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Structure and Assembly of the PI3K-like Protein Kinases (PIKKs) Revealed by Electron Microscopy

1 Centro de Investigaciones Biológicas (CIB), Consejo Superior de Investigaciones Científicas (Spanish National Research Council), (CSIC); Ramiro de Maeztu 9, 28040 Madrid, Spain;
2 Electron Microscopy Unit. Structural Biology and Biocomputing Programme, Spanish National Cancer Research Centre (CNIO), Melchor Fdez. Almagro, 3, Madrid 28029, Spain

Special Issues: Structural analysis of macromolecules using Cryo electron microscopy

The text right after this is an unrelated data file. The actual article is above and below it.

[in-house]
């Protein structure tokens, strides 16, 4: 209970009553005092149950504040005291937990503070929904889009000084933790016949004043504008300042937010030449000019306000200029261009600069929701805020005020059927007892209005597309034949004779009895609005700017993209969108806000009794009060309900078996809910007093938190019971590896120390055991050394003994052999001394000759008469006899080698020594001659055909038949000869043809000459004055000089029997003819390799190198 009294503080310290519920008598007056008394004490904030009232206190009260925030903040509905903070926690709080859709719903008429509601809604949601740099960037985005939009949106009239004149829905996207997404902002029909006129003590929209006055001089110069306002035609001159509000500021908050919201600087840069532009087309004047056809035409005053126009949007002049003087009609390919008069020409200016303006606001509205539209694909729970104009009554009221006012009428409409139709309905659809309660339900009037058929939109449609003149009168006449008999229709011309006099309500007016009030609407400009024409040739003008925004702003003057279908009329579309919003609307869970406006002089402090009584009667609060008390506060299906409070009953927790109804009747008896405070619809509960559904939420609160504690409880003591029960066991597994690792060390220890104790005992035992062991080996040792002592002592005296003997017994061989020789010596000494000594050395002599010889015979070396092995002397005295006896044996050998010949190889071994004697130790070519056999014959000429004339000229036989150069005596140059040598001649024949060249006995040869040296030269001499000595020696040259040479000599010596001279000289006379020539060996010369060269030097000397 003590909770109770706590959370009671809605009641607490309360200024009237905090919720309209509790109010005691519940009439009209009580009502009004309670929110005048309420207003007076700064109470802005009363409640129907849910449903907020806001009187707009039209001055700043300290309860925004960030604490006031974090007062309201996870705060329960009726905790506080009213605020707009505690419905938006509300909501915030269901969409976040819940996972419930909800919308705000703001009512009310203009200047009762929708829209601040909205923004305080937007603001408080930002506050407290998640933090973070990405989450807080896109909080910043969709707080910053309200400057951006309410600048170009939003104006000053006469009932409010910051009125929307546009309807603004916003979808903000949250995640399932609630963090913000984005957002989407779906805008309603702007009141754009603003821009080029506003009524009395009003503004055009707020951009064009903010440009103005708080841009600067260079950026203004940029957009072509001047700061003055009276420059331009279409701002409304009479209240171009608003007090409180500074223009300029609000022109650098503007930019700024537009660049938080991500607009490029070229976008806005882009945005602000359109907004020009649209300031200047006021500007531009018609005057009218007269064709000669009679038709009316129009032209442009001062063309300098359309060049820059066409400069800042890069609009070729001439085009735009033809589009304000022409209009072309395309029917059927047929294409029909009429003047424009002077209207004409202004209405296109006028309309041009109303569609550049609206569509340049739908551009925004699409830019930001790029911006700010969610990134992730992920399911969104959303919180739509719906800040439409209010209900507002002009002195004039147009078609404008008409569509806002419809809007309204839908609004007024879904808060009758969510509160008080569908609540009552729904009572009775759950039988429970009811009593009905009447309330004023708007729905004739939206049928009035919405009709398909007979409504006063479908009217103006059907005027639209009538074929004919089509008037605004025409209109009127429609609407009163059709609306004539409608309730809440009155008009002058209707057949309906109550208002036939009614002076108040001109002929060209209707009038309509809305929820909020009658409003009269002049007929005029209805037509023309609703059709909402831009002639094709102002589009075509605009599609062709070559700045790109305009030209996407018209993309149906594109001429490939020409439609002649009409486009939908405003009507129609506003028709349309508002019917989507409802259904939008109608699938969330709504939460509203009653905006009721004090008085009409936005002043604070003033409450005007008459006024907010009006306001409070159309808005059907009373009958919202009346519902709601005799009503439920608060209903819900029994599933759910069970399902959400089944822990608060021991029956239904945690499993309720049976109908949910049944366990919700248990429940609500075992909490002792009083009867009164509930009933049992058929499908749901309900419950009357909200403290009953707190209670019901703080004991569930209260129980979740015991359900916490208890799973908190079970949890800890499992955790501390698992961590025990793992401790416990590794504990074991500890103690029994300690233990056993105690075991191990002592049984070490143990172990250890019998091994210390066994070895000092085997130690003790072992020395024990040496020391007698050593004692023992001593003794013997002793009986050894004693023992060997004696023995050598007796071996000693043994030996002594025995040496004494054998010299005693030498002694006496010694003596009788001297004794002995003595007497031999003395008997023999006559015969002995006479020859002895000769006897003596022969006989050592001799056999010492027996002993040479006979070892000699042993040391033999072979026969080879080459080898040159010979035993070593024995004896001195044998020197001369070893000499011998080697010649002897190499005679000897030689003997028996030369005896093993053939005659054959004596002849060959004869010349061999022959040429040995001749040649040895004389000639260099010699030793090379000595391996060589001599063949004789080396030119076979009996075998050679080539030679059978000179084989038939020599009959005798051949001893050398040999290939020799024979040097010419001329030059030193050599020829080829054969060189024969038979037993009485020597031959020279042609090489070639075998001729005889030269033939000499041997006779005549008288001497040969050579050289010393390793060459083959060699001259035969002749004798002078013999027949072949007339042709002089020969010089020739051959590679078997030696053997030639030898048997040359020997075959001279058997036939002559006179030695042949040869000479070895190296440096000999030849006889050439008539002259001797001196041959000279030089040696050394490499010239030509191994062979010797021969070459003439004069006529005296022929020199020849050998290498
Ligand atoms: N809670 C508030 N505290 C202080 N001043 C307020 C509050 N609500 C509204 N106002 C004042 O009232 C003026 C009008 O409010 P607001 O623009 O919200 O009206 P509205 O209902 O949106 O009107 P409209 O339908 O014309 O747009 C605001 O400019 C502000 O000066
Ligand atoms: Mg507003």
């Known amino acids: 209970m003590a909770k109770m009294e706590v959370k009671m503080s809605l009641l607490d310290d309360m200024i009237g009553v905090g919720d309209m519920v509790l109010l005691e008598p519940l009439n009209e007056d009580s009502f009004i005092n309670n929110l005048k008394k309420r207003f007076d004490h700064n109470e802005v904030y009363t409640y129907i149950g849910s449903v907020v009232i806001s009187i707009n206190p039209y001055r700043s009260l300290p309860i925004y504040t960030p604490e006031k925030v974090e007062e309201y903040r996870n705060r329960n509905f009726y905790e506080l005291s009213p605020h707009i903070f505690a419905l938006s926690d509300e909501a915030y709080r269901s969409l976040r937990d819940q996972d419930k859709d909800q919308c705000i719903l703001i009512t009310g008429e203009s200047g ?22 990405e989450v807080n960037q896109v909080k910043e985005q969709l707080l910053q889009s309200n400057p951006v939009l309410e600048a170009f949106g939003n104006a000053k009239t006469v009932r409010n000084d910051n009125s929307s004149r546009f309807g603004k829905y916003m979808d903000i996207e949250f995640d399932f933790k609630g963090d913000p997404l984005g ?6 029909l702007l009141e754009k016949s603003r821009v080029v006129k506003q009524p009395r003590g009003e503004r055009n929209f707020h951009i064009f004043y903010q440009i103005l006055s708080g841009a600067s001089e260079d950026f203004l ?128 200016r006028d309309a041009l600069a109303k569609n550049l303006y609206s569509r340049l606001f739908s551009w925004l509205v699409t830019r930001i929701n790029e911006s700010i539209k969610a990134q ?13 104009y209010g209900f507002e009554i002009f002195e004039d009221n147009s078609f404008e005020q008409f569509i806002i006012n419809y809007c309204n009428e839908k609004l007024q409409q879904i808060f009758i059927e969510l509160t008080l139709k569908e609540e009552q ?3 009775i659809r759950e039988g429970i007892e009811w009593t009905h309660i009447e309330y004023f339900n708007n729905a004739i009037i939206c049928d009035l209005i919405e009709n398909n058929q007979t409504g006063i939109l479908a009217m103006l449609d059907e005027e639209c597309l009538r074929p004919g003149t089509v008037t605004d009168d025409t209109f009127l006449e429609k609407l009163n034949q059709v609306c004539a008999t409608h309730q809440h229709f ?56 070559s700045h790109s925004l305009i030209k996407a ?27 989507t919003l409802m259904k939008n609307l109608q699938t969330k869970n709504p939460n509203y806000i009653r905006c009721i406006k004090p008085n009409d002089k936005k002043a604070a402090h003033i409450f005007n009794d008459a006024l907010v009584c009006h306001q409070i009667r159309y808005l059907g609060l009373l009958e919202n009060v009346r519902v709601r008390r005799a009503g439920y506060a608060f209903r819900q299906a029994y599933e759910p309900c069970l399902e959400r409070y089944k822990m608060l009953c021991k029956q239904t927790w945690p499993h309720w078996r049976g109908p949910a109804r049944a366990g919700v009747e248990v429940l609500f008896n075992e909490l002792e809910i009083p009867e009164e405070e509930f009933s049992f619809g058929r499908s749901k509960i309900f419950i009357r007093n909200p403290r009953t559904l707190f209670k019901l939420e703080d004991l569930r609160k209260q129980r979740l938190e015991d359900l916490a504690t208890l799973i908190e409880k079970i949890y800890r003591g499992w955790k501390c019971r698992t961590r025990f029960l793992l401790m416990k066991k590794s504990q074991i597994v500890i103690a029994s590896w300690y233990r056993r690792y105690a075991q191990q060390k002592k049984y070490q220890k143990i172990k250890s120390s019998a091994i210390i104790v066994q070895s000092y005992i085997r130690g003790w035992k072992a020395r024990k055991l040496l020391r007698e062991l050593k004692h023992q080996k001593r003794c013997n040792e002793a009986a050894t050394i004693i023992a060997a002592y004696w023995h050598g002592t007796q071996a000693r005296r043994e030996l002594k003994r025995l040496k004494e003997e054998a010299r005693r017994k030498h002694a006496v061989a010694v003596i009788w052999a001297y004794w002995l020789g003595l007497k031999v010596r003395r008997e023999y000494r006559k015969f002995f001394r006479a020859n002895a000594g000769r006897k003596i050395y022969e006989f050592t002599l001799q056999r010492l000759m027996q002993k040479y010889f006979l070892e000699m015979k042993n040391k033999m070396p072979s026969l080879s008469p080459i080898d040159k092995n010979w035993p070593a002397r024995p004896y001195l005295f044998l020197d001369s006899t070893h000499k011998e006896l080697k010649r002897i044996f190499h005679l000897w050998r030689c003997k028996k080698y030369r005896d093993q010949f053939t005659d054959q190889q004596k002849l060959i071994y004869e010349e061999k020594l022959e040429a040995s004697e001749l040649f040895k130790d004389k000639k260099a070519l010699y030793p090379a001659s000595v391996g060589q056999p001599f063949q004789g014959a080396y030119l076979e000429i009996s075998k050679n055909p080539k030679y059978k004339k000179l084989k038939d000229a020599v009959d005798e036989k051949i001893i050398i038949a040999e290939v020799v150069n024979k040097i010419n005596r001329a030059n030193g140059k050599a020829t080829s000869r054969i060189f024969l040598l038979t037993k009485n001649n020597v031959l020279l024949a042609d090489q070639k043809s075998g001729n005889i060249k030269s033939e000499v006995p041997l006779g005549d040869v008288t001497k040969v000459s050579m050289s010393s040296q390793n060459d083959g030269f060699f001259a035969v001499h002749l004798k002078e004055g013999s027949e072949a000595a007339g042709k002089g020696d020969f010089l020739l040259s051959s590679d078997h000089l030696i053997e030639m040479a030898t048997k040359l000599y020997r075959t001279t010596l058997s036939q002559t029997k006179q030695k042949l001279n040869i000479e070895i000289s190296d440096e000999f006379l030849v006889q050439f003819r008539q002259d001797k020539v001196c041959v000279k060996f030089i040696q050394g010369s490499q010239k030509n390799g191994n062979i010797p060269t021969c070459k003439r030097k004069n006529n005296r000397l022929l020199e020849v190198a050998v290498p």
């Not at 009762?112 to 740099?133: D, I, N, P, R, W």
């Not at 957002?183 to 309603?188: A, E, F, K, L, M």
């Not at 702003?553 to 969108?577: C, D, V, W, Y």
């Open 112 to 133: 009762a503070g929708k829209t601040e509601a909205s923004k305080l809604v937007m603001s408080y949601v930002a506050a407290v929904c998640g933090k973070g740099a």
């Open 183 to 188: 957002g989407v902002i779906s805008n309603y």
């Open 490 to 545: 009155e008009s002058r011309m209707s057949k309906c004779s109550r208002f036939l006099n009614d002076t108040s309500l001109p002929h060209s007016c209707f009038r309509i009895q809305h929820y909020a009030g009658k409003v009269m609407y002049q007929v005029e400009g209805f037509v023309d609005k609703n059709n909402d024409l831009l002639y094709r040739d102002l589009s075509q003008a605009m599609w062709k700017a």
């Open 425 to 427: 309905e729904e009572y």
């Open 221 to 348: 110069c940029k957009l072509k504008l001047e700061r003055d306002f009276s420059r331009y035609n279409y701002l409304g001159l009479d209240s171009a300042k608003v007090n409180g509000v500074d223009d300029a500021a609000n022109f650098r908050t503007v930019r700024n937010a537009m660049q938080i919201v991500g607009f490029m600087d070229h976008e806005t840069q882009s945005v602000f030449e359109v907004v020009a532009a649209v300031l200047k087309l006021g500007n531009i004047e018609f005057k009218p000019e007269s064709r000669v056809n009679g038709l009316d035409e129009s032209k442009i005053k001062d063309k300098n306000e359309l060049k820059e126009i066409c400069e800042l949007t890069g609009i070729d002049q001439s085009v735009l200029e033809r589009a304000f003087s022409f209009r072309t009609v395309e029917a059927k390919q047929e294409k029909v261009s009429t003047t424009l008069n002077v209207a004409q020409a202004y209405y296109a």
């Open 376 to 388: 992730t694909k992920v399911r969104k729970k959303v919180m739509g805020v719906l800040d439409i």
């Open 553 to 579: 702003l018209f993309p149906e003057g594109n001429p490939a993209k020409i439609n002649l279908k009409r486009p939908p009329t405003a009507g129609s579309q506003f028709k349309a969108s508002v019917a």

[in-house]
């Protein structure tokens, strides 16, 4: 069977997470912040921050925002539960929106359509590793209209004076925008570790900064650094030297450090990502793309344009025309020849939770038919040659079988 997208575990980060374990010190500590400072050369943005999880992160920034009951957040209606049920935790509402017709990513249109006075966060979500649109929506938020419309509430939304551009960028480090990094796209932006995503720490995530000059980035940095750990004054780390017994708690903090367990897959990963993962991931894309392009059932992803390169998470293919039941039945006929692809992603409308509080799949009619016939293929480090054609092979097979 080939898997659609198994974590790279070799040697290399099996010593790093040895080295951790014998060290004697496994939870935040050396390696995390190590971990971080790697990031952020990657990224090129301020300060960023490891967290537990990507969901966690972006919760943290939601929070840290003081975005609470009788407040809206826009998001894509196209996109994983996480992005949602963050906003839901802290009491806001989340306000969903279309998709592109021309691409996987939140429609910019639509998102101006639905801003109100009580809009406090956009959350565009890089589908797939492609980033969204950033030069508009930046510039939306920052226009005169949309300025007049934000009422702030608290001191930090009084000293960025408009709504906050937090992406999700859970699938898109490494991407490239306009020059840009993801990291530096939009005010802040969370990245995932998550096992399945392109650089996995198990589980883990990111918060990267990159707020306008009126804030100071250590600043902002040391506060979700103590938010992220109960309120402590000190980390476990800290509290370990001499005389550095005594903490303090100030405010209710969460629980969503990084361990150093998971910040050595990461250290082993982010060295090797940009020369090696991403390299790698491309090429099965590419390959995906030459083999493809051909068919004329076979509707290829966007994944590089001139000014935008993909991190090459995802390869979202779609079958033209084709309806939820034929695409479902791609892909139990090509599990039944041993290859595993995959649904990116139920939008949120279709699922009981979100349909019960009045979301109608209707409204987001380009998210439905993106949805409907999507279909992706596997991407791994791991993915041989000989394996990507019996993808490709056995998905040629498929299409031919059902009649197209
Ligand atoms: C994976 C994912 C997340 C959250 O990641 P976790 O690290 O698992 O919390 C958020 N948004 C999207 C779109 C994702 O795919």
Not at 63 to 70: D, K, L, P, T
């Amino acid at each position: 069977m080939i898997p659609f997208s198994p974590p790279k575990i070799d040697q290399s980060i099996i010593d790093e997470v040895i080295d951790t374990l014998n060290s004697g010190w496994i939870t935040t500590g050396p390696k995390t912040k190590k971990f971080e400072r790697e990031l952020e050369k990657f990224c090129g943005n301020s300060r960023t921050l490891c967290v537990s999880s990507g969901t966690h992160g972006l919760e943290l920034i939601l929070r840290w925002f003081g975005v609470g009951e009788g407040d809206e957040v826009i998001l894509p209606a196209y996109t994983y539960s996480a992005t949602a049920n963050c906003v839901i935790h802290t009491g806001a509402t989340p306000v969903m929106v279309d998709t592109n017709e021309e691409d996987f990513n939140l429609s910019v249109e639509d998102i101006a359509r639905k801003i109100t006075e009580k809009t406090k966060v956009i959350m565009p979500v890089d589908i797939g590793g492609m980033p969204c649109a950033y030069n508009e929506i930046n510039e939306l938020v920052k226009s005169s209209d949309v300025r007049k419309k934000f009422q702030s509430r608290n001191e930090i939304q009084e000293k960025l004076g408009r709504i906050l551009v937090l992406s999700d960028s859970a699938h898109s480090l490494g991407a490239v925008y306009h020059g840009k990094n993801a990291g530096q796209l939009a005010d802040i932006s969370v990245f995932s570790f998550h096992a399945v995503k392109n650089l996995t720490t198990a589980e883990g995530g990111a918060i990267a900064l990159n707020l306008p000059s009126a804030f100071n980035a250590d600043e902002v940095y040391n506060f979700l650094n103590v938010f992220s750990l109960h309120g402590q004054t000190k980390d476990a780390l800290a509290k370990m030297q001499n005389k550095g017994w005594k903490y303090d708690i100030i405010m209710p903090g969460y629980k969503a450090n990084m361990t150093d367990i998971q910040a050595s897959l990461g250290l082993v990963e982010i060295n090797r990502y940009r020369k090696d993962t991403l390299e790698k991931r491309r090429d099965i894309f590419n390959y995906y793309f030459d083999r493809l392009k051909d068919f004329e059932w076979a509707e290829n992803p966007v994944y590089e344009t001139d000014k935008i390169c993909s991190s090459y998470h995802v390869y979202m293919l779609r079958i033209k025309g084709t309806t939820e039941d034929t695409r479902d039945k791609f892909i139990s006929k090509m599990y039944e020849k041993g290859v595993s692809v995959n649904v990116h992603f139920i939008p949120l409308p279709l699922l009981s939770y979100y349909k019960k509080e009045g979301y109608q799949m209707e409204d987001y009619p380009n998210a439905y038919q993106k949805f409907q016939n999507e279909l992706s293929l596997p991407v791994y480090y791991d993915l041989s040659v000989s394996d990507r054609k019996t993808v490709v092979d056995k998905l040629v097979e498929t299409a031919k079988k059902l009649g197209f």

The phosphatidylinositol 3-kinase-like kinases (PIKKs) are large serine-threonine protein kinases with a catalytic domain homologous to the phosphatidylinositol 3-kinase (PI3K). All PIKK family members share a general organization comprising a conserved C-terminus that contains the PI3K domain, which is preceded by a large N-terminal region made of helical HEAT repeats. In humans, the PIKK family includes six members, which play essential roles in various processes including DNA repair and DNA damage signalling (ATM, ATR, DNA-PKcs), control of cell growth (mTOR), nonsense-mediated mRNA decay (SMG1) and transcriptional regulation (TRRAP). High-resolution structural information is limited due to the large size (approx. 280-470 kDa) and structural complexity of these kinases. Adding further complexity, PIKKs work as part of larger assemblies with accessory subunits. These complexes are dynamic in composition and protein-protein and protein-DNA interactions regulate the kinase activity and functions of PIKKs. Moreover, recent findings have shown that the maturation and correct assembly of the PIKKs require a large chaperon machinery, containing RuvBL1 and RuvBL2 ATPases and the HSP90 chaperon. Single-particle electron microscopy (EM) is making key contributions to our understanding of the architecture of PIKKs and their complex regulation. This review summarizes the findings on the structure of these kinases, focusing mainly on medium-low resolution structures of several PIKKs obtained using EM, combined with X-ray crystallography of DNA-PKcs and mTOR. In addition, EM studies on higher-order complexes have revealed some of the mechanisms regulating the PIKKs, which will also be addressed. The model that emerges is that PIKKs, through their extensive interacting surfaces, integrate the information provided by multiple accessory subunits and nucleic acids to regulate their kinase activity in response to diverse stimuli.
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